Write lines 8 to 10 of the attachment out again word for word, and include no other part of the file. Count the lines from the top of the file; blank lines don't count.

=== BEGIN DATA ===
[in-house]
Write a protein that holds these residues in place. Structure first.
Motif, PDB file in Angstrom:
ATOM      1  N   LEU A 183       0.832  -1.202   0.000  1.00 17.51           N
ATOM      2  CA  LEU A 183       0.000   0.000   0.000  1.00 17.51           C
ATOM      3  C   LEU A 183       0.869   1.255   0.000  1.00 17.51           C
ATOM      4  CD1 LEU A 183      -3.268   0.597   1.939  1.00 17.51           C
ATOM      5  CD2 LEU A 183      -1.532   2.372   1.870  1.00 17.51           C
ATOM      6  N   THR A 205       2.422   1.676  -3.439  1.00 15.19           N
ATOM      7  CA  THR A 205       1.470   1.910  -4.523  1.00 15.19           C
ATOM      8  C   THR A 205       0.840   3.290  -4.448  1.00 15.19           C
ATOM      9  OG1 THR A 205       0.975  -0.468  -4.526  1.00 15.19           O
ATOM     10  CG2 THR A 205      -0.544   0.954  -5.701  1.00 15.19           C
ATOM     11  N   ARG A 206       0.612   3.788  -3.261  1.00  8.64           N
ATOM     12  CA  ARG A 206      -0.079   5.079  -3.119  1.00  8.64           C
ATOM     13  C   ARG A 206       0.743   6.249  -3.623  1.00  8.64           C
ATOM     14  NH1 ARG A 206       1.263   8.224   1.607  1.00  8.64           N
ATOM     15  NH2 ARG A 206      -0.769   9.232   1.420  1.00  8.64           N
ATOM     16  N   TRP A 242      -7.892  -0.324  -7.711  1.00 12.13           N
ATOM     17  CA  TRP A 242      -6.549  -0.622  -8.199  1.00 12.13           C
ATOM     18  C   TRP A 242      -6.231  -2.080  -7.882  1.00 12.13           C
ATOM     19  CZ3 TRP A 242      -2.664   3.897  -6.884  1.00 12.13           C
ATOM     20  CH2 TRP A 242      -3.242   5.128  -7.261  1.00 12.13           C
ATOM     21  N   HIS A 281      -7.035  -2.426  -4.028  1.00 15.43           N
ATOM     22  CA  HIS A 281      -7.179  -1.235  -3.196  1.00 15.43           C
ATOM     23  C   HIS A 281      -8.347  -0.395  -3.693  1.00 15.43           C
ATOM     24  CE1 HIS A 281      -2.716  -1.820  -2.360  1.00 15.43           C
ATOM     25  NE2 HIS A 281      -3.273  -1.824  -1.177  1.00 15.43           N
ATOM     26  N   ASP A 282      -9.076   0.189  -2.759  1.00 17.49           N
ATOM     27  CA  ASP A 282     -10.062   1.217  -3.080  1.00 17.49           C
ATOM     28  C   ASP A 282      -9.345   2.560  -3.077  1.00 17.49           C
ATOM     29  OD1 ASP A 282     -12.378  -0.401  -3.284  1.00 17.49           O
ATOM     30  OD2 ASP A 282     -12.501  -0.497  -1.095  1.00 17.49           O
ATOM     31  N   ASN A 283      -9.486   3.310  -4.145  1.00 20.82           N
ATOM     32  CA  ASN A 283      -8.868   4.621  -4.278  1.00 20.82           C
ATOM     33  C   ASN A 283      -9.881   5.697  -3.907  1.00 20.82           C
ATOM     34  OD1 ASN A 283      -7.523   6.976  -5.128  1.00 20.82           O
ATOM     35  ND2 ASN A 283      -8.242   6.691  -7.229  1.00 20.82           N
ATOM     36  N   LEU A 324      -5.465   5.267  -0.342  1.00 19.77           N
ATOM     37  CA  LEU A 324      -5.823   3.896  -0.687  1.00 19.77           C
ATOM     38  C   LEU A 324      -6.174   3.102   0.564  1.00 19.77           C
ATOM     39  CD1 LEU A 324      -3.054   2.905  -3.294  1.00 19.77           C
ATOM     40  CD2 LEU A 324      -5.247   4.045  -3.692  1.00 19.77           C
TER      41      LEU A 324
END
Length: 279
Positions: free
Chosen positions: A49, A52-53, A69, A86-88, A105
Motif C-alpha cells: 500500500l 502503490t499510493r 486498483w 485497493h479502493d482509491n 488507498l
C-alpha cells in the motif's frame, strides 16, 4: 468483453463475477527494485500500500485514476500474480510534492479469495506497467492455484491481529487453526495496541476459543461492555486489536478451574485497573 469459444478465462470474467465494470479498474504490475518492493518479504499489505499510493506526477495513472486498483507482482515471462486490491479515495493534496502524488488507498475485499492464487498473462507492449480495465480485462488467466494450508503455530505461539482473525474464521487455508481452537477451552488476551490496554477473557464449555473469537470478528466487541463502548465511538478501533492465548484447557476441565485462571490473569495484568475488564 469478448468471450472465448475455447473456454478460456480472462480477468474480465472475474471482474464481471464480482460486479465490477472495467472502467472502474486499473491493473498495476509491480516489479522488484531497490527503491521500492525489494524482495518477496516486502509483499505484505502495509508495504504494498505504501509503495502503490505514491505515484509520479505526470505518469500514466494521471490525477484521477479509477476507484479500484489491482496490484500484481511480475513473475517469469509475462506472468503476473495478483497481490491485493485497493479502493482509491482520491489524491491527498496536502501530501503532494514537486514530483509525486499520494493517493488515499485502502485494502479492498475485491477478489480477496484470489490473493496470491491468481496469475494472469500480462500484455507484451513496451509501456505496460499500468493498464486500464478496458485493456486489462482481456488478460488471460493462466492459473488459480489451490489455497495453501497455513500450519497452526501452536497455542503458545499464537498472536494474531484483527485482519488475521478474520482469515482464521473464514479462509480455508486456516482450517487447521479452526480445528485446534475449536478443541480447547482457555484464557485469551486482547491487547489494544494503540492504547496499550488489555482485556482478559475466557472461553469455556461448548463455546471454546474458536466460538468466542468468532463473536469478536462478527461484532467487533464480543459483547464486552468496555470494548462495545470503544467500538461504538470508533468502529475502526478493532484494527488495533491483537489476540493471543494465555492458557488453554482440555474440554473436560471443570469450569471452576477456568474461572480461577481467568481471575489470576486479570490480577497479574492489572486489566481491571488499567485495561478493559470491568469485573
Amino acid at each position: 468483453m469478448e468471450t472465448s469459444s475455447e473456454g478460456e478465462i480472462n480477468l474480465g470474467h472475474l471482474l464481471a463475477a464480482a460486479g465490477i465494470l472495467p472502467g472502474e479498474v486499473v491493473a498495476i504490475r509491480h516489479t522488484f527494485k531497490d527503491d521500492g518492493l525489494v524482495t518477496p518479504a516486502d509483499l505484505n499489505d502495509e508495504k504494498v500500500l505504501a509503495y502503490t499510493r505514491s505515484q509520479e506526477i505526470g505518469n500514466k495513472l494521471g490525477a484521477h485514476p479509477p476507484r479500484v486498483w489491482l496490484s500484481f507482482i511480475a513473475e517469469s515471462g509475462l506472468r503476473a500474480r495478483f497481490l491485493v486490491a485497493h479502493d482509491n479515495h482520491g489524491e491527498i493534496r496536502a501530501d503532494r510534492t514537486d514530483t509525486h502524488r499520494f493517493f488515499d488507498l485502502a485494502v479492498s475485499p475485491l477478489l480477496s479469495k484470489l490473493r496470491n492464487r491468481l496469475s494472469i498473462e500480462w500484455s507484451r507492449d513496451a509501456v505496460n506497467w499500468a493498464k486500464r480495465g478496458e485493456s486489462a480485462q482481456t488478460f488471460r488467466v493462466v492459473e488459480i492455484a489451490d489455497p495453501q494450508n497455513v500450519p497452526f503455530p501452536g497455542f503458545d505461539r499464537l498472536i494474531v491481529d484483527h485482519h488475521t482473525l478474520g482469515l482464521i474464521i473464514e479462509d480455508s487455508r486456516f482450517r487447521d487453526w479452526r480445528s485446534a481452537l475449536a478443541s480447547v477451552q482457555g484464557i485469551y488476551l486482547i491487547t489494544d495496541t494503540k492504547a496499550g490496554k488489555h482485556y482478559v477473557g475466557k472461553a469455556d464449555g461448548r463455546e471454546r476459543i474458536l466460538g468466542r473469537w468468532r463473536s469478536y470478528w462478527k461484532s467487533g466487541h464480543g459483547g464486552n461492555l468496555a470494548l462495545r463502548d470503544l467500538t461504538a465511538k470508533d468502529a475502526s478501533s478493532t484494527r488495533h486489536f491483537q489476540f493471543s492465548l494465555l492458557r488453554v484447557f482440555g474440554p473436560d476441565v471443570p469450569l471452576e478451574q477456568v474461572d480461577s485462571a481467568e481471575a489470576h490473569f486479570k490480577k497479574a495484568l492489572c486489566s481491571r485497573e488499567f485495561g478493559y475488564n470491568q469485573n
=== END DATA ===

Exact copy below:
ATOM      5  CD2 LEU A 183      -1.532   2.372   1.870  1.00 17.51           C
ATOM      6  N   THR A 205       2.422   1.676  -3.439  1.00 15.19           N
ATOM      7  CA  THR A 205       1.470   1.910  -4.523  1.00 15.19           C